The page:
A Bonds Traverse from Zealand to Lincoln Woods is a classic trip in the Whites for both ambitious day hikers and backpackers alike. It tags the summit of four 4,000-footers—Zealand Mountain, West Bond, Bond, and Bondcliff—along with passing one of the eight AMC huts and the Guyot Campsite. Additionally, hikers are treated to a fantastic ridge running experience, crossing some of the most scenic areas in the Whites. There’s just one problem: you can expect that there will be a lot of other people on the trail with you.

A traverse of the Kilkenny Ridge is a great alternative to the Bonds for those looking for a wilder and more challenging experience—it’s about seven miles longer than the Bonds with double the elevation gain and substantially fewer people. For hikers working on White Mountain lists, there’s a lot to like about a Kilkenny Ridge traverse—it crosses the summit of two 4,000-footers (Mount Cabot and Mount Waumbek) two peaks on the 52WaV list (Mount Starr King and The Horn), and several of New Hampshire’s 100 highest.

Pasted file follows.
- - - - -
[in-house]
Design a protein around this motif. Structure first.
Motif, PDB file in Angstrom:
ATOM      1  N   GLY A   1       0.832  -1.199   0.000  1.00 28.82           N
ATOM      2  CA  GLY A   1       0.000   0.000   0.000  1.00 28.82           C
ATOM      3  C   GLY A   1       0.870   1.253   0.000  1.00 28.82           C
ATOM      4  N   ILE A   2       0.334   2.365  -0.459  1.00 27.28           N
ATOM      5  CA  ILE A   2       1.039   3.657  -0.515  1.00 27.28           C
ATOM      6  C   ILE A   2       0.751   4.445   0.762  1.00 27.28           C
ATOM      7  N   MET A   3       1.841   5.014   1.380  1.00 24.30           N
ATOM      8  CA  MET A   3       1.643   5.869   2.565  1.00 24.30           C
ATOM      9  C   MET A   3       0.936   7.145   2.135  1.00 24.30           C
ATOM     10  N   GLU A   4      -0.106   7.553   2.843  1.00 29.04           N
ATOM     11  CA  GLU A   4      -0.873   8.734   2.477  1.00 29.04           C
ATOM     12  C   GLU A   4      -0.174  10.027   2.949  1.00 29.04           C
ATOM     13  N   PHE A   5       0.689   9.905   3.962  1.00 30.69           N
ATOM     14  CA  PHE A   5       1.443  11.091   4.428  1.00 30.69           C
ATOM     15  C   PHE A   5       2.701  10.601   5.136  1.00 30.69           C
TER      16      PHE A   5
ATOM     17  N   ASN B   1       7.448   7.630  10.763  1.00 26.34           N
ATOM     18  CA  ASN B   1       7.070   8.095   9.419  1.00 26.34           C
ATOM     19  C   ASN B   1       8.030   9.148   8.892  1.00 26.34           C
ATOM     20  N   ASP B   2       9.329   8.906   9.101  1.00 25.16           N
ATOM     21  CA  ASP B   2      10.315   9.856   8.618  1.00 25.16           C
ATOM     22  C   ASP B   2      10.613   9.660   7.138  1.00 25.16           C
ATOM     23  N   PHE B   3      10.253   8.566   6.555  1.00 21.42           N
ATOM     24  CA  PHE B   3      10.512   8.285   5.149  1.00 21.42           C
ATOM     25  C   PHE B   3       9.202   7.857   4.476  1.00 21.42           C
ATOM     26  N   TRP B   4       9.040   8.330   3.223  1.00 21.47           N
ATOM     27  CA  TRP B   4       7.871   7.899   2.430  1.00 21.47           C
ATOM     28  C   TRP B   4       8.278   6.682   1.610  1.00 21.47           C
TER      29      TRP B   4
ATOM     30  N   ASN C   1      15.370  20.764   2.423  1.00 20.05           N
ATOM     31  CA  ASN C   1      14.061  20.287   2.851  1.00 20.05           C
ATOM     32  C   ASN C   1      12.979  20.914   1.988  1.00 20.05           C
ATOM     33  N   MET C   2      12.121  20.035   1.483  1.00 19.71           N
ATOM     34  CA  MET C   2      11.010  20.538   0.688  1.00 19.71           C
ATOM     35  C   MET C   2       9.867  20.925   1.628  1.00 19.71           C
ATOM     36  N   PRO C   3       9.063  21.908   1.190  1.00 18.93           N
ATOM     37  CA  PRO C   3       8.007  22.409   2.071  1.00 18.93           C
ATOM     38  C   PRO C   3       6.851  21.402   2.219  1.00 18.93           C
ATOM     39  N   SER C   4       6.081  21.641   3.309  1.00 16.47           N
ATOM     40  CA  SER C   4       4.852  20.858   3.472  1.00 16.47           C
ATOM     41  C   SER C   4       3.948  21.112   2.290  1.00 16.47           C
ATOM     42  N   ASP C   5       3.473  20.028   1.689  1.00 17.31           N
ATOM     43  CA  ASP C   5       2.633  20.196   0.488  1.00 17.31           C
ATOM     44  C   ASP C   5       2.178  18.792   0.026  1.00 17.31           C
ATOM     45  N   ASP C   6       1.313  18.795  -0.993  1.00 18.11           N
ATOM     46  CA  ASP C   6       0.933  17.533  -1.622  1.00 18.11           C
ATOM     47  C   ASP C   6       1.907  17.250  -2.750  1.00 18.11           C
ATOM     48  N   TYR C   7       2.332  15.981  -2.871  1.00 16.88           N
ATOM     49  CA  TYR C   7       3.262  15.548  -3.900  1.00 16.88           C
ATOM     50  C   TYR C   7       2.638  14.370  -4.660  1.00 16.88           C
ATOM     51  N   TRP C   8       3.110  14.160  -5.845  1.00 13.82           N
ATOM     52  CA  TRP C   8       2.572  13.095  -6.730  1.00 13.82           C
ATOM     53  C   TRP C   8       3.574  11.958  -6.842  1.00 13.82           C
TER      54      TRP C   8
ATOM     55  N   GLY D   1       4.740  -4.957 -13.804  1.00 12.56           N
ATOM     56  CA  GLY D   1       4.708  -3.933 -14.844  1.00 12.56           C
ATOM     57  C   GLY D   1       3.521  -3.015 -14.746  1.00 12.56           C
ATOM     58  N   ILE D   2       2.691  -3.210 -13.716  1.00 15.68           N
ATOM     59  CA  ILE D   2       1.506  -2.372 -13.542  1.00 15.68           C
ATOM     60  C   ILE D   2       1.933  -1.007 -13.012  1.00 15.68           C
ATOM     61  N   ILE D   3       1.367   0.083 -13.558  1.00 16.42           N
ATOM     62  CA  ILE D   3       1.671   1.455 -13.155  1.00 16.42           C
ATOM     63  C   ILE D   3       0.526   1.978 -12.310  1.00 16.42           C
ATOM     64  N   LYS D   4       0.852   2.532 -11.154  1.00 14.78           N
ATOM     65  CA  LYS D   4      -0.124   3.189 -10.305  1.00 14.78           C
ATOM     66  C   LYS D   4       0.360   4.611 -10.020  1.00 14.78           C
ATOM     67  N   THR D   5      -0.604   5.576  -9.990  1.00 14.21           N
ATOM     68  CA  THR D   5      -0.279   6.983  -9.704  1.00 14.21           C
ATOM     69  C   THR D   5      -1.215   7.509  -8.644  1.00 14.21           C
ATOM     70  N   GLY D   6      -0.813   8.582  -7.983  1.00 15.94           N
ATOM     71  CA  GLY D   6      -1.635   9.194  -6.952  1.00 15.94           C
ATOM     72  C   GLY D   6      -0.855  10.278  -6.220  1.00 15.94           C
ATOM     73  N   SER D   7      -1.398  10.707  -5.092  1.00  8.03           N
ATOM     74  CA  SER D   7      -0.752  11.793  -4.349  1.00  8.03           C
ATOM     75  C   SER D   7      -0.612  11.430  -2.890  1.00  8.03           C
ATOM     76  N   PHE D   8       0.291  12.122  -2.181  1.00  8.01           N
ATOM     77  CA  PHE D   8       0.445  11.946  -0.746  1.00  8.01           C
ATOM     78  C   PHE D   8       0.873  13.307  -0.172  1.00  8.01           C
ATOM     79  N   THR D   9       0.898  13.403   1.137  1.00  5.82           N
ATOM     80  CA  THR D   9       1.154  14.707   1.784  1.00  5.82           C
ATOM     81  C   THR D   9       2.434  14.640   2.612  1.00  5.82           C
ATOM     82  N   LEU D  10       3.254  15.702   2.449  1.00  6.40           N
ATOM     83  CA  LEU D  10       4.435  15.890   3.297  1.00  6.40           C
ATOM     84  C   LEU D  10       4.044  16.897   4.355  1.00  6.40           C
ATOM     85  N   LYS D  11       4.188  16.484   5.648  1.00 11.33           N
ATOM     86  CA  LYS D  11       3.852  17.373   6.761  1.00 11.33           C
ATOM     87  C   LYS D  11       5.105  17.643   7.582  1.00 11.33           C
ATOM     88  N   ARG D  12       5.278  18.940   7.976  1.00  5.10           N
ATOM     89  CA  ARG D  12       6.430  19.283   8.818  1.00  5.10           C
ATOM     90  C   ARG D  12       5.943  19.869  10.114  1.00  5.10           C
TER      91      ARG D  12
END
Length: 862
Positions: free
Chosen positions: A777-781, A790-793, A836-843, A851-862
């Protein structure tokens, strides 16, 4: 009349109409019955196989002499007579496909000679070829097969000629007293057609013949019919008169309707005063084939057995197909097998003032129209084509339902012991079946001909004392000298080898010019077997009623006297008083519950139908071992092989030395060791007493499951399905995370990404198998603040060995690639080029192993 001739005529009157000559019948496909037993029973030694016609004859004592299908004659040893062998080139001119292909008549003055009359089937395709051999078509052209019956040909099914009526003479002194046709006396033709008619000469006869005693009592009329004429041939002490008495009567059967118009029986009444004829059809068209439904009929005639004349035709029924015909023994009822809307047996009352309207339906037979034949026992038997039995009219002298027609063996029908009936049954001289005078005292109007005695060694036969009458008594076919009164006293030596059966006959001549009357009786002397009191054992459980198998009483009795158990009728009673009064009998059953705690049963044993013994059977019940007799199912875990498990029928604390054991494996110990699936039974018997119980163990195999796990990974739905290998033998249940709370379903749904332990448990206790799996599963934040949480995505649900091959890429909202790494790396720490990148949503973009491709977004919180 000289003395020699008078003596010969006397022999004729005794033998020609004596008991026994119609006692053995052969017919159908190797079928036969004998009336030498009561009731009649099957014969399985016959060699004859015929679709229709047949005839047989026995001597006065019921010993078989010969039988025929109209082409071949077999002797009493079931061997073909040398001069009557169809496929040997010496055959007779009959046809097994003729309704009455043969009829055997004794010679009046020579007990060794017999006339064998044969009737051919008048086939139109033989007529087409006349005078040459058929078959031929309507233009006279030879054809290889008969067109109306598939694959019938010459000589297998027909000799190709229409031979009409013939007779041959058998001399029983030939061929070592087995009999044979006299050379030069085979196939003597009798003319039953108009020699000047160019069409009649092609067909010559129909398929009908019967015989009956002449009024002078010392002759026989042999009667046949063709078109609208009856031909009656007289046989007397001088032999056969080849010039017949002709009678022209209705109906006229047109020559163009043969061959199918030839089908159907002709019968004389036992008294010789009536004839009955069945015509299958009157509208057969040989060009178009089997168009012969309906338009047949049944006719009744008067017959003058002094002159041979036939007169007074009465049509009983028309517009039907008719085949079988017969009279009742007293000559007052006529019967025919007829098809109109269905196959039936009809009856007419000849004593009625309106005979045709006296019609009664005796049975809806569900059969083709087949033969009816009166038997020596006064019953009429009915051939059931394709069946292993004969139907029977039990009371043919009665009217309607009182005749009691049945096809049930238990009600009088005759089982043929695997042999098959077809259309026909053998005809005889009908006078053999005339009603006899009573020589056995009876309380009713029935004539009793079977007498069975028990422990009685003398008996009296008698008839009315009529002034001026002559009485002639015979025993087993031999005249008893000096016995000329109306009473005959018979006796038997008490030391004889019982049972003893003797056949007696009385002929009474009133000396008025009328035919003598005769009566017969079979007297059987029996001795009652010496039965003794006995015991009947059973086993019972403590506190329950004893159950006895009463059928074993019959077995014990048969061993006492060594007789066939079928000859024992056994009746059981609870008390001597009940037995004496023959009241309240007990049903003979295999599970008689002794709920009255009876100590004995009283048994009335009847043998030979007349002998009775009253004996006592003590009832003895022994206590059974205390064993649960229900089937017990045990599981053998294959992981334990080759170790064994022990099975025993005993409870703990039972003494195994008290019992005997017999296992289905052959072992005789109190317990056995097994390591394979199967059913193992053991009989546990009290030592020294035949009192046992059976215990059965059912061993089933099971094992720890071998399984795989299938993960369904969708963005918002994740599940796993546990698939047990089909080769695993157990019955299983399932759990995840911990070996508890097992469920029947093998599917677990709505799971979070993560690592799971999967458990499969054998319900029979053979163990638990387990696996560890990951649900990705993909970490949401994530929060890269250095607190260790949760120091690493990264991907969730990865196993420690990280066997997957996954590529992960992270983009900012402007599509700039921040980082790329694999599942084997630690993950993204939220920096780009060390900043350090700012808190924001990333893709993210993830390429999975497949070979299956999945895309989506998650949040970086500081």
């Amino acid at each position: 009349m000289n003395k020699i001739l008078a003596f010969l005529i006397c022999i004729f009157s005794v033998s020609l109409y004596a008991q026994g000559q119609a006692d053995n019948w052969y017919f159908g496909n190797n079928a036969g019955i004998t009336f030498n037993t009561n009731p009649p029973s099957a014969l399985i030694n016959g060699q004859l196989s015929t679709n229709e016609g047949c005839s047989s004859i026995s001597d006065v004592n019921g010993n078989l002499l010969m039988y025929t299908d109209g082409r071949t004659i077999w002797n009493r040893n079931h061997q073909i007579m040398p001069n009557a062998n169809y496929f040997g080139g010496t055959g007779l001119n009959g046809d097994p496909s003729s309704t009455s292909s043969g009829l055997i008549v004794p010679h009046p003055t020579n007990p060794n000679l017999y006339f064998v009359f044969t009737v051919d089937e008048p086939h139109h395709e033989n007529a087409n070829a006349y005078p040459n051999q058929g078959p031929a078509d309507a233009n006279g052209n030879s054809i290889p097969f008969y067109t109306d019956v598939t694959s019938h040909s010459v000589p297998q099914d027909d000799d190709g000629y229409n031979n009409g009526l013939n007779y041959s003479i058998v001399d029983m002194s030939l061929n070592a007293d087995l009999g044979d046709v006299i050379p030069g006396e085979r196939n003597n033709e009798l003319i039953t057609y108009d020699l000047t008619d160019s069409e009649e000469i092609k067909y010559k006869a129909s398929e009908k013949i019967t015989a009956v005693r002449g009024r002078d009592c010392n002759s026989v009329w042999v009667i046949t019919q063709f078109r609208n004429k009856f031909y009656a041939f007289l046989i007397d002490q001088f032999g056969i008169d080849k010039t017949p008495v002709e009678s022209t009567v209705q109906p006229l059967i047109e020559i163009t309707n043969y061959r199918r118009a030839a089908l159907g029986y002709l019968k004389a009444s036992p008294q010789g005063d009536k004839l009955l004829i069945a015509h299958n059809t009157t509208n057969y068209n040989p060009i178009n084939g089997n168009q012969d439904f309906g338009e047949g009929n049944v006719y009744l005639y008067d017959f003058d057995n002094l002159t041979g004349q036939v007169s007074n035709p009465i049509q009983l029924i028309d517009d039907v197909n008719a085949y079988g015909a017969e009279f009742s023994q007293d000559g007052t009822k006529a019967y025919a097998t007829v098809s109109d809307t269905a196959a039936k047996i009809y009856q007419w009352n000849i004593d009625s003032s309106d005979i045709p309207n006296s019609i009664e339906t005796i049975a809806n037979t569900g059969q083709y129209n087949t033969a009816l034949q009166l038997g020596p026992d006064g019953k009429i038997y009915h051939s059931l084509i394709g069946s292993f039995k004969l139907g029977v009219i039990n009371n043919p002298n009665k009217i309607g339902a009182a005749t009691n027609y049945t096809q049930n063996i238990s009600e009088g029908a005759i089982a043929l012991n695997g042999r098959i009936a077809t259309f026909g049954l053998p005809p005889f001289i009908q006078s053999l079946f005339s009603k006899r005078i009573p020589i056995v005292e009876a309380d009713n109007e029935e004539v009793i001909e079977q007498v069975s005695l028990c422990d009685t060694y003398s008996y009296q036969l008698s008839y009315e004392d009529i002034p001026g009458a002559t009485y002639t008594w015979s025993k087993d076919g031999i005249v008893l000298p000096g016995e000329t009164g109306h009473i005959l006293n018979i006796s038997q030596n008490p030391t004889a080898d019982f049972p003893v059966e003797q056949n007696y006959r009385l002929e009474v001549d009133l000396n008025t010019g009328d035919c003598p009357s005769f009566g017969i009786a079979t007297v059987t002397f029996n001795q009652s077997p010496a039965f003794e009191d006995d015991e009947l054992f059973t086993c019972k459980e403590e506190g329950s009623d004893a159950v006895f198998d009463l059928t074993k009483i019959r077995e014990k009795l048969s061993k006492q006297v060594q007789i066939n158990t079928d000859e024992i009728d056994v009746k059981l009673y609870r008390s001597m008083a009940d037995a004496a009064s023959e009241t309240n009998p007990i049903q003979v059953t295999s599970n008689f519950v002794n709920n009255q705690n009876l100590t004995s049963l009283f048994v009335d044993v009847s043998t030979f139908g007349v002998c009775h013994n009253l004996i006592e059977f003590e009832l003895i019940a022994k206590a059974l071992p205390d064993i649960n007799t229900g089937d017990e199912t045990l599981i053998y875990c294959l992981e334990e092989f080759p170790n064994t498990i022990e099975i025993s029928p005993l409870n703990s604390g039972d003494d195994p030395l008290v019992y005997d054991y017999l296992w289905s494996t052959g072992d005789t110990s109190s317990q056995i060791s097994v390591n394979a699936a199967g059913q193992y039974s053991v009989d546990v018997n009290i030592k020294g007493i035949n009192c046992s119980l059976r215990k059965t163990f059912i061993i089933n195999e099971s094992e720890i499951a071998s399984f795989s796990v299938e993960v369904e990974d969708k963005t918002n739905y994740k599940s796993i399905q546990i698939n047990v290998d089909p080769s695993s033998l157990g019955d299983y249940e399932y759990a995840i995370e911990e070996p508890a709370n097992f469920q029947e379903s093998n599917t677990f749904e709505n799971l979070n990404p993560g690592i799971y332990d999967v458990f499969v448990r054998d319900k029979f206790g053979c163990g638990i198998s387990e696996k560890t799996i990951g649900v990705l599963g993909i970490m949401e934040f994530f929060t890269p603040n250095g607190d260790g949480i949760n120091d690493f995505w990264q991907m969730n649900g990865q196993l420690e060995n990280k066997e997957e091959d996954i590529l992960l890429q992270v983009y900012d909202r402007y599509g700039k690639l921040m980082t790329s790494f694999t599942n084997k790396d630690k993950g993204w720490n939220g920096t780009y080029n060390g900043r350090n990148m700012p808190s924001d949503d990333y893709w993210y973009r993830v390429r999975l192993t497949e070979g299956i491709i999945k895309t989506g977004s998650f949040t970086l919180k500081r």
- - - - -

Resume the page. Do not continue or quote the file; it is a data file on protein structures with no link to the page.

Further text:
The isolation found on Kilkenny Ridge is a stark contrast to the Bonds and nowhere is this more apparent than when it comes to camping. Kilkenny Ridge hikers will find quiet campsites at Unknown Pond and near Rodger’s Ledge, along with camping in the Mount Cabot Fire Warden’s Cabin (where you likely won’t see many other hikers, but may meet more than a few friendly mice) and some well-worn, although technically not allowed, tent sites near the cabin.